No, I would say they were outward looking to the Word more than to baptism.

PS. Martin, I'm having a bit of trouble using the bracketed quotes. What is your method of parsing the quotations and responding between them? I do enjoy your offerings here.
 

Steve Owen

Puritan Board Sophomore
Hello David,
First of all, thank you for your kind words. I'm not sure that everyone on the board will agree with them;)
You wrote:-
Martin you said,

"I don't quite understand you. The children can respond in faith as they grow up."

You have a precision on this board that I admire. But notice the verb tense: It is not 'the promise will be to you, your children...' ?

If you think about it, all promises, by definition, refer to the future. In Acts 2:38, Peter makes a promise; if his hearers will repent and be baptized (I think faith in Christ is surely included here), they will have their sins forgiven. But this promise isn't only for them, it's for their descendants ('children') as well and to the Gentiles ('all who are afar off'). In fact it 'Is what was spoken of by the prophet Joel...........whoever calls upon the name of the Lord shall be saved' (Acts 2:16, 21 ).

You continued:-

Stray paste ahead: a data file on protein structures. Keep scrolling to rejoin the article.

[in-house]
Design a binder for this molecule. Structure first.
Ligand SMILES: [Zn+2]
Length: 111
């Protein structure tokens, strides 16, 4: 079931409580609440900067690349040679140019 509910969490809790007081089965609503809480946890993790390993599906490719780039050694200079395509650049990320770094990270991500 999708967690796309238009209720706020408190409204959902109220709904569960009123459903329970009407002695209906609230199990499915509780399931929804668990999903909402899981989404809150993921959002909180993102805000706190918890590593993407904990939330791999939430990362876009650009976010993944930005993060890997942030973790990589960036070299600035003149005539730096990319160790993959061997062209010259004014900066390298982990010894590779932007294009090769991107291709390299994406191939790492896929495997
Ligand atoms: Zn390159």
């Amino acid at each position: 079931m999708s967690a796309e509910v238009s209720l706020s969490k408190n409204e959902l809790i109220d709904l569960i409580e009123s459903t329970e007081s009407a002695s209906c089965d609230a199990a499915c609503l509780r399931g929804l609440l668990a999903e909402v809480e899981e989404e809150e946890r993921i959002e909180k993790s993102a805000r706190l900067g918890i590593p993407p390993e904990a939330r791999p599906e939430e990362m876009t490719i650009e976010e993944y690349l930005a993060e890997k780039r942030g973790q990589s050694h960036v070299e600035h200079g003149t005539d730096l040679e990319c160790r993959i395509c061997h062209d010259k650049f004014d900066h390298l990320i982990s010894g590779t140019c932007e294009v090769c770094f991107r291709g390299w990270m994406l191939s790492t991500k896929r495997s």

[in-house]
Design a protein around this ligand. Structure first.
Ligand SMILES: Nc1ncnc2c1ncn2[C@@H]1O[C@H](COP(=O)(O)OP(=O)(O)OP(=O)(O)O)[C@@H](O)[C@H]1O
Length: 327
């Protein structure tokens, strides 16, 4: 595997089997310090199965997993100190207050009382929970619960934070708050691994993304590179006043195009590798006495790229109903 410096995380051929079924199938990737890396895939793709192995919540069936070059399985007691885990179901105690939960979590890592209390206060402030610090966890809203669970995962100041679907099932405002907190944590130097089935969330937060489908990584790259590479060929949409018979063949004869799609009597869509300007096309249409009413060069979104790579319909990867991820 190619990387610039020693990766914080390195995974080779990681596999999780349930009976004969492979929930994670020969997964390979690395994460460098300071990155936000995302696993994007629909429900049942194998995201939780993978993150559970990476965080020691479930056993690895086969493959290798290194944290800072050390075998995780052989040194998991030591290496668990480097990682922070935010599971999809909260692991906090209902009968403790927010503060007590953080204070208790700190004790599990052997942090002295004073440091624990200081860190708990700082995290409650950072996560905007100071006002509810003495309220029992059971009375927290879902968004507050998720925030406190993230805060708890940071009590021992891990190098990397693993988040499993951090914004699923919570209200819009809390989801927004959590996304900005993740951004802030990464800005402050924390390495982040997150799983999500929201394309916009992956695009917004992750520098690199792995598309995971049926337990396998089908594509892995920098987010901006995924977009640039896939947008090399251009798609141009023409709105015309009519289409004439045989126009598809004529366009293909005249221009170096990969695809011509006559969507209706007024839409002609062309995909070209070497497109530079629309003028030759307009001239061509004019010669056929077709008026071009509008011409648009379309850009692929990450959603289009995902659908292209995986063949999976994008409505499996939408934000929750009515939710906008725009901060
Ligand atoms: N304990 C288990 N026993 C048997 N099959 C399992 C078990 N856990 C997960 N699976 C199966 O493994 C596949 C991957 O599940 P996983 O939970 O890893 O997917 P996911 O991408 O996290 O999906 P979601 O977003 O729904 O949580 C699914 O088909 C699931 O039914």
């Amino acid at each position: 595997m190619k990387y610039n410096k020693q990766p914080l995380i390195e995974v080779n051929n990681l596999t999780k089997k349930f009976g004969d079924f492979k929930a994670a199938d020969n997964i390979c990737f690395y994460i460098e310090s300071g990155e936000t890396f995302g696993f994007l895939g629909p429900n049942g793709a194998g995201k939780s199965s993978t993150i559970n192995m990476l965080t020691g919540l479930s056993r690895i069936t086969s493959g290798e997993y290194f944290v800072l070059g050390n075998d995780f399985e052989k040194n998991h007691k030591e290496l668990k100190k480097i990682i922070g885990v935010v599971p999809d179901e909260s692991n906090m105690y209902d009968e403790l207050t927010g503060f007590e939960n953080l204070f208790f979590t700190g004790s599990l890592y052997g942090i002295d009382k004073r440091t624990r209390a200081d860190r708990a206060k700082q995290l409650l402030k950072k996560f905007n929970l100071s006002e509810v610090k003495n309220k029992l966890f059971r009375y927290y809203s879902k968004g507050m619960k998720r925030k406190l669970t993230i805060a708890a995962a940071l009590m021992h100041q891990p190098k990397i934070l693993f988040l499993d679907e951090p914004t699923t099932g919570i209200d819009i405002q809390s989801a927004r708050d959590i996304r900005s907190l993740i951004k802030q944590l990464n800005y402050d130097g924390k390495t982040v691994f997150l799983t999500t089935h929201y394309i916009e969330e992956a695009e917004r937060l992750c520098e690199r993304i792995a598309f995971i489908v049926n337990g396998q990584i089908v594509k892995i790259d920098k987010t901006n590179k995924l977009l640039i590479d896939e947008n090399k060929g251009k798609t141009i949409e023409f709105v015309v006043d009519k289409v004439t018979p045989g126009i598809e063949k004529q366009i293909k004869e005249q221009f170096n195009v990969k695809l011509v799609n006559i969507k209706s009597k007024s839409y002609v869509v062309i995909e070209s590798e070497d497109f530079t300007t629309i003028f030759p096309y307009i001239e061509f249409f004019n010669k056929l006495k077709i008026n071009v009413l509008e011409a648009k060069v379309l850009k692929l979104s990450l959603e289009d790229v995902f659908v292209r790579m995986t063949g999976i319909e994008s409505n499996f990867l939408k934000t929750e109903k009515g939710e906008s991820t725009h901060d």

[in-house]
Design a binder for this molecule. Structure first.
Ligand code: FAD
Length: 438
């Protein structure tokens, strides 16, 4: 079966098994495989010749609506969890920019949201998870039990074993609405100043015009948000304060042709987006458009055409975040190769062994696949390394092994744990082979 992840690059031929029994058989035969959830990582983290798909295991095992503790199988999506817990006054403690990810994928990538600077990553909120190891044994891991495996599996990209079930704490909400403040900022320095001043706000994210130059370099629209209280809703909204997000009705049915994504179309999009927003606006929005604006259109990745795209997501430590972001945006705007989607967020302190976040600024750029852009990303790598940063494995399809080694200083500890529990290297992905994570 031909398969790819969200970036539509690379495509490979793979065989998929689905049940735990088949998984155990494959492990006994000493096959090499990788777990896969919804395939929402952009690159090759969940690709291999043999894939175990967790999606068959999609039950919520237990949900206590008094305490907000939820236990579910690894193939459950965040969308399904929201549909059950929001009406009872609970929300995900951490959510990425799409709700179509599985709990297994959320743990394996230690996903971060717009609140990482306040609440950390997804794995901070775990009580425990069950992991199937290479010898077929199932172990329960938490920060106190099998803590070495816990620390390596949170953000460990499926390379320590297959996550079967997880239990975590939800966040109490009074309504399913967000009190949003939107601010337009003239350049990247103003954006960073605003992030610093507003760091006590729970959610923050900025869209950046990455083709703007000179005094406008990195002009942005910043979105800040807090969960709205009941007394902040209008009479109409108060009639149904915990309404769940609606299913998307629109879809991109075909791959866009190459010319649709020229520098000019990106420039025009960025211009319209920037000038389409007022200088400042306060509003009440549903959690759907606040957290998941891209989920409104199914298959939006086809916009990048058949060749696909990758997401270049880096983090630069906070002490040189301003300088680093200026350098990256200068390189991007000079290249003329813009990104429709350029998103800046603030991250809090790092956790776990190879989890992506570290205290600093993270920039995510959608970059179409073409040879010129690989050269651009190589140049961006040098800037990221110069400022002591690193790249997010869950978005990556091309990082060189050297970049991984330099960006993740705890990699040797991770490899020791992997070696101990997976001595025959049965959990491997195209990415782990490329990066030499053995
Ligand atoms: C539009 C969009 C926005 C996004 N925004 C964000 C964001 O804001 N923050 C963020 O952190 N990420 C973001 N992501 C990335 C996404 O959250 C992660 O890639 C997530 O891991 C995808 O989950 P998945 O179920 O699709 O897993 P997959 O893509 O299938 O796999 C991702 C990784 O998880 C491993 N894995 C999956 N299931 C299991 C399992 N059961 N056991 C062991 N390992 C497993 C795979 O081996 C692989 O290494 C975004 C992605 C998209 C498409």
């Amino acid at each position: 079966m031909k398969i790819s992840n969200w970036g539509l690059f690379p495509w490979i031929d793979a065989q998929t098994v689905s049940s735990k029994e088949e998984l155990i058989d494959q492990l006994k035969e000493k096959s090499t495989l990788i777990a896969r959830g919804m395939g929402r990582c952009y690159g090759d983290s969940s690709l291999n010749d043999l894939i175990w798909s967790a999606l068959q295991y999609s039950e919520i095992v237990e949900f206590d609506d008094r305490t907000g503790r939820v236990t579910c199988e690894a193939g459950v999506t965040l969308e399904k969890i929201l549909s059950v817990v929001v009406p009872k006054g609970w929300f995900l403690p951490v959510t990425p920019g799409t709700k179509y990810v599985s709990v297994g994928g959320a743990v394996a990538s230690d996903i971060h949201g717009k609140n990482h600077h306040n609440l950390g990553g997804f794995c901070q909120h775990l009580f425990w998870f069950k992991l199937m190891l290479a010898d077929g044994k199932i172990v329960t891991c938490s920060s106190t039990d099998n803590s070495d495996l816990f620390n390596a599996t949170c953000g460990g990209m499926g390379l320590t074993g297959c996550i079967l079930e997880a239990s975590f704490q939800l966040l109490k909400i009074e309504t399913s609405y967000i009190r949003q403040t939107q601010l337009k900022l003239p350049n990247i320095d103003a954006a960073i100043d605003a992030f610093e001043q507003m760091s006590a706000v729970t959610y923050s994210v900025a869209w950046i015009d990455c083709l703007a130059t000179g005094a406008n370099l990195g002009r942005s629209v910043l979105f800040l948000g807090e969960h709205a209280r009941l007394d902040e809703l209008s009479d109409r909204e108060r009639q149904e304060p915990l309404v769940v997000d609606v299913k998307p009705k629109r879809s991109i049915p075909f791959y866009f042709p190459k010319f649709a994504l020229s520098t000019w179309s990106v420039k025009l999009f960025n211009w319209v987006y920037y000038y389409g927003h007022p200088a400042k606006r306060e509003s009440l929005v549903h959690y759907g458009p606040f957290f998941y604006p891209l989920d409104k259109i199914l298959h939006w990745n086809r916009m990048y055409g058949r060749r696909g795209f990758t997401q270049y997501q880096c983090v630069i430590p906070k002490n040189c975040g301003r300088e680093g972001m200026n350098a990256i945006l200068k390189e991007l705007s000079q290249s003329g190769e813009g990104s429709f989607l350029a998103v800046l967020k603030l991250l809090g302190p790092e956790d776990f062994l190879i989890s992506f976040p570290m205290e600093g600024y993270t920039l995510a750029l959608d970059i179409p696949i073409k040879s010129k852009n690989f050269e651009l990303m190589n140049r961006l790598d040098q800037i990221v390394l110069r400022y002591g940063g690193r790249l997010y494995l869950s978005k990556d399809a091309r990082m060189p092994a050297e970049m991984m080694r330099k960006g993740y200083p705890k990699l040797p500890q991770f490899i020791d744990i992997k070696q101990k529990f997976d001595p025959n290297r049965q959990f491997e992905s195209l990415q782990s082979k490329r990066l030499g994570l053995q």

"I take it that you believe in the '5 solas'. One of those is 'Faith alone.'

Another is Grace alone which comes before and is the reason for faith.
Amen! But then you said:-
Grace is when the Lord vouchsafes the promise on the basis of the parent's faith.

No sir! You can't believe for your children. 'Most assuredly I say to you, unless one is born again he cannot see the kingdom of God..........that which is born of the flesh is flesh' Those who become the children of God do not become so by human descent (John 1:13; Rom 9:8 ). Grace is when the Lord opens the eyes of a poor blind sinner and enables him to believe.

Which is precisely why they shouldn't be baptised on their 'profession' of faith. It isn't credible. The parent's faith is credible.

The parents' faith may be credible for themselves, but it cannot help the children save in teaching them about the Lord and setting a godly example (both of which are very important, but have no bearing on baptism). Children should be baptized when they reach an age to give a credible profession of faith.